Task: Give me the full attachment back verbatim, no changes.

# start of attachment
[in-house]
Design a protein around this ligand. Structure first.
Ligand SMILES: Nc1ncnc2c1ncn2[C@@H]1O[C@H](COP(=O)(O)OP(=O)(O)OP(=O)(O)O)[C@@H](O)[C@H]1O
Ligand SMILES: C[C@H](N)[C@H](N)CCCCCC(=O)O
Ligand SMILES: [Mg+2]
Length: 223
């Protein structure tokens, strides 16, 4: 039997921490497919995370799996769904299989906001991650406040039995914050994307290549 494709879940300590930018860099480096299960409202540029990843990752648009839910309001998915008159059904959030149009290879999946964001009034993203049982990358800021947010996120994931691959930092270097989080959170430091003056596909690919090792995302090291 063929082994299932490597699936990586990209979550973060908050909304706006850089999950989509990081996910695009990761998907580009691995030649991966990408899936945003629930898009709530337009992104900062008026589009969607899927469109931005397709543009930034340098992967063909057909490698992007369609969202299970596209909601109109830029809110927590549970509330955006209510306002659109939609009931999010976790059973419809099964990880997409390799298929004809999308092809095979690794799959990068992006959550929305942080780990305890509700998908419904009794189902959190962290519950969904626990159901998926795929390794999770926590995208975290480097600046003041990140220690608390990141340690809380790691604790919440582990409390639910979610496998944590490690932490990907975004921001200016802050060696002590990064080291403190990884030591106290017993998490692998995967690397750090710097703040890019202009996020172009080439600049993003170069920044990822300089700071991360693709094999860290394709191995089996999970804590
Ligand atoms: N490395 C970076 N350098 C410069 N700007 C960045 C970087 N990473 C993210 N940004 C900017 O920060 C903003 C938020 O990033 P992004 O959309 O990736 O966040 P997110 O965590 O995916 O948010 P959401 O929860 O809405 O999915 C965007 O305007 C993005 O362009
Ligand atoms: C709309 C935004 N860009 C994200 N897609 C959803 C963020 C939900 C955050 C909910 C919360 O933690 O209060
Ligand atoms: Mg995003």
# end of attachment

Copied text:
[in-house]
Design a protein around this ligand. Structure first.
Ligand SMILES: Nc1ncnc2c1ncn2[C@@H]1O[C@H](COP(=O)(O)OP(=O)(O)OP(=O)(O)O)[C@@H](O)[C@H]1O
Ligand SMILES: C[C@H](N)[C@H](N)CCCCCC(=O)O
Ligand SMILES: [Mg+2]
Length: 223
């Protein structure tokens, strides 16, 4: 039997921490497919995370799996769904299989906001991650406040039995914050994307290549 494709879940300590930018860099480096299960409202540029990843990752648009839910309001998915008159059904959030149009290879999946964001009034993203049982990358800021947010996120994931691959930092270097989080959170430091003056596909690919090792995302090291 063929082994299932490597699936990586990209979550973060908050909304706006850089999950989509990081996910695009990761998907580009691995030649991966990408899936945003629930898009709530337009992104900062008026589009969607899927469109931005397709543009930034340098992967063909057909490698992007369609969202299970596209909601109109830029809110927590549970509330955006209510306002659109939609009931999010976790059973419809099964990880997409390799298929004809999308092809095979690794799959990068992006959550929305942080780990305890509700998908419904009794189902959190962290519950969904626990159901998926795929390794999770926590995208975290480097600046003041990140220690608390990141340690809380790691604790919440582990409390639910979610496998944590490690932490990907975004921001200016802050060696002590990064080291403190990884030591106290017993998490692998995967690397750090710097703040890019202009996020172009080439600049993003170069920044990822300089700071991360693709094999860290394709191995089996999970804590
Ligand atoms: N490395 C970076 N350098 C410069 N700007 C960045 C970087 N990473 C993210 N940004 C900017 O920060 C903003 C938020 O990033 P992004 O959309 O990736 O966040 P997110 O965590 O995916 O948010 P959401 O929860 O809405 O999915 C965007 O305007 C993005 O362009
Ligand atoms: C709309 C935004 N860009 C994200 N897609 C959803 C963020 C939900 C955050 C909910 C919360 O933690 O209060
Ligand atoms: Mg995003």